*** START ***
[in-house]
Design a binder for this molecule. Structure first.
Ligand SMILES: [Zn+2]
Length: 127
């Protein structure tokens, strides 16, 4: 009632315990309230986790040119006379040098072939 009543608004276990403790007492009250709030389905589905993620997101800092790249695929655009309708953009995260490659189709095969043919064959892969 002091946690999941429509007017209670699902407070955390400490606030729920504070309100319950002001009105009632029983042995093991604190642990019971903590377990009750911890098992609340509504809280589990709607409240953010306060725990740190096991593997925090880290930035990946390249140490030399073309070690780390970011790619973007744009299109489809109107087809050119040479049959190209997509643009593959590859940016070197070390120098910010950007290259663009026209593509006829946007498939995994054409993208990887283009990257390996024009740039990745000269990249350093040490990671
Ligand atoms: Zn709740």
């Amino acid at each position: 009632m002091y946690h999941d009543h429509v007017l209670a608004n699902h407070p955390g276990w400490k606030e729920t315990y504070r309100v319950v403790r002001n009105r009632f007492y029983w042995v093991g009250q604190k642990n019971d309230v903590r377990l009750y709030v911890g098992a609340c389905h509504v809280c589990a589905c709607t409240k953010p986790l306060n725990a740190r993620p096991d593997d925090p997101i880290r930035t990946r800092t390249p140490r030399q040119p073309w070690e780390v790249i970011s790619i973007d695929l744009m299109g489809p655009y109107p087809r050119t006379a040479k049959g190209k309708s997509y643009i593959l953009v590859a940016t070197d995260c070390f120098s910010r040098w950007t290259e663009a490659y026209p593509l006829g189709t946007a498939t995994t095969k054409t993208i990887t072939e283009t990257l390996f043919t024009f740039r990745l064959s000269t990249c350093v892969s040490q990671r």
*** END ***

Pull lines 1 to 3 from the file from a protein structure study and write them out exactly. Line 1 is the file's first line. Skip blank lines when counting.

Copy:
[in-house]
Design a binder for this molecule. Structure first.
Ligand SMILES: [Zn+2]